Posted On: October 15, 2018
The Institute for Molecular Bioscience (IMB) is a global leader in multidisciplinary life sciences research, bringing together 500 researchers from across the globe for disease discovery, application and sustainable futures.
Formed in 2000 as an initiative of The University of Queensland, State and Federal Governments and private philanthropy, IMB is one of the largest life sciences institutes in the Asia-Pacific region. It has capitalised on one of the greatest periods of discovery in history – the genetic and molecular basis of life and its diversity.
Institute scientists use a range of model systems and facilities
to advance their research in chemistry and structural biology, genomics of development and disease, and in cell biology and molecular medicine.
IMB’s combination of life, pharmacological and chemical researchers
means that the Institute can take life science discoveries from genome to drug design and application – for health, disease and for the sustainability of our cities, fuels and foods.
Through the vision of our Institute, the passion of our researchers, IMB pulls the pieces together, sees the bigger picture and asks the burning questions.
Meet a scientist we've funded at The Institute for Molecular Bioscience
Professor Brandon Wainwright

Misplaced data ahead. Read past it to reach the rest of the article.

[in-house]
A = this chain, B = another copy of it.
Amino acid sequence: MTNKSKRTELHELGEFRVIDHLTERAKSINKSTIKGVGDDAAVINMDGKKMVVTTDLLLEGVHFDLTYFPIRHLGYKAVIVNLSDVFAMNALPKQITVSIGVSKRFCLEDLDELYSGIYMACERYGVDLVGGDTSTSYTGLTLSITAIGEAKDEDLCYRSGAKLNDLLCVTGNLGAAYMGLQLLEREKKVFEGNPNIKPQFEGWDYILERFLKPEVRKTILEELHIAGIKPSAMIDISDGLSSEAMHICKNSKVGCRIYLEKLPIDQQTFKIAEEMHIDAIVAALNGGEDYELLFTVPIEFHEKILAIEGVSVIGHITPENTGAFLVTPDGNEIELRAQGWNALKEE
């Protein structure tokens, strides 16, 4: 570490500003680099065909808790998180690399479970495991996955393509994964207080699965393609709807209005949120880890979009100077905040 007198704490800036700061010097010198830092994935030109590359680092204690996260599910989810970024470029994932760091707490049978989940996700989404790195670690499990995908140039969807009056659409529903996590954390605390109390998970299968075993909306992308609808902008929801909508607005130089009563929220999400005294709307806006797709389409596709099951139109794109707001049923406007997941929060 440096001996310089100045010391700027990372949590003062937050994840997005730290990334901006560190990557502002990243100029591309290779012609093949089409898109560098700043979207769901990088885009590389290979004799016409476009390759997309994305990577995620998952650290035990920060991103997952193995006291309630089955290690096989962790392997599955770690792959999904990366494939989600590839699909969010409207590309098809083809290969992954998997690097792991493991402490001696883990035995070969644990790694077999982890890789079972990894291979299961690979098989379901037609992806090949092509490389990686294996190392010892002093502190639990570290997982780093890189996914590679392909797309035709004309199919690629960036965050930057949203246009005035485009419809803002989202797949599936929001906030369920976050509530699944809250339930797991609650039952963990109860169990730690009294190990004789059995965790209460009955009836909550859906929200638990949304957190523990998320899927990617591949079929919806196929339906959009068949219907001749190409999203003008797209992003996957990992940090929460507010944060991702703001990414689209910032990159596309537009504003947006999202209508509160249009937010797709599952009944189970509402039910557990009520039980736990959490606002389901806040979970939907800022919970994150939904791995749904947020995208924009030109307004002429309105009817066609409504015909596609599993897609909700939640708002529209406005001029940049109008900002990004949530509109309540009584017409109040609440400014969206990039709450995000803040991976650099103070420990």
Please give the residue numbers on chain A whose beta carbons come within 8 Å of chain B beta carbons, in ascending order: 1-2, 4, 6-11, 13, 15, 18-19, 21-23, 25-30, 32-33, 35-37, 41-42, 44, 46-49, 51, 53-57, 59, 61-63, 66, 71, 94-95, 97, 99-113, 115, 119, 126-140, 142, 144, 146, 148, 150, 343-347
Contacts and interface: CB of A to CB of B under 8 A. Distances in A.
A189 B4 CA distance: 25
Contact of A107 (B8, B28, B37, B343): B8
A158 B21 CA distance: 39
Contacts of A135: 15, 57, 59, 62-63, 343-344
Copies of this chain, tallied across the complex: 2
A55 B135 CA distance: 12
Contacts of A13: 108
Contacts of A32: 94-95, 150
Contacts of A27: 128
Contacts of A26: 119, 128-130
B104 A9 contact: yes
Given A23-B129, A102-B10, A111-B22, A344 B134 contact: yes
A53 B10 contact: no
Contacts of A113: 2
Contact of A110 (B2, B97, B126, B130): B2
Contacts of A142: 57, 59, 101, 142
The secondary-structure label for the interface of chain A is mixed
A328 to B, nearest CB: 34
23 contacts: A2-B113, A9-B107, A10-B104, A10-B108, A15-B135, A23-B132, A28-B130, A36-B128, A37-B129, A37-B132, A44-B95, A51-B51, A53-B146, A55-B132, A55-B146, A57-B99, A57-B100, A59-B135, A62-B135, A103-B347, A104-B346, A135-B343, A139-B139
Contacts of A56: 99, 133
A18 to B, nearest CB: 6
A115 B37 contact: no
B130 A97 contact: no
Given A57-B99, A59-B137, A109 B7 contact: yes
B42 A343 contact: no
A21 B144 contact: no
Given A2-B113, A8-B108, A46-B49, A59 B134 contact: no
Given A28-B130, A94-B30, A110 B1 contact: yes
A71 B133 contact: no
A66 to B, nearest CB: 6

Professor Brandon Wainwright is a geneticist, renowned for discovering the genetic pathway that causes most human cancer. He is skilled in molecular genetics, where he is using genetic approaches to dig through DNA and find the genes that cause disease.
He commenced using these skills to locate the cystic fibrosis gene, but it was when isolating a gene responsible for a rare form of brain cancer called medulloblastoma, that he discovered the ‘Hedgehog Pathway.'
He discovered not only the first brain cancer-causing gene but also a pathway involved in most cancers of all types.
The primary focus of his current research is brain cancer because it is the most common cause of death in children and the most common cause of cancer-related death in people under 40. He is also applying his expertise to common cancer generally (particularly skin cancer), and neurodegenerative disease.
Success for Professor Wainwright will be seeing a child cured of brain cancer that would otherwise have died. And he is confident that he can help make it happen.
He is Director of UQ's Institute for Molecular Bioscience, where he proudly leads a team of talented discovery scientists translating their findings to life-changing applications.
Read more: New therapies for incurable paediatric brain tumours.
Donate to research and help find more effective treatments for kids with cancer.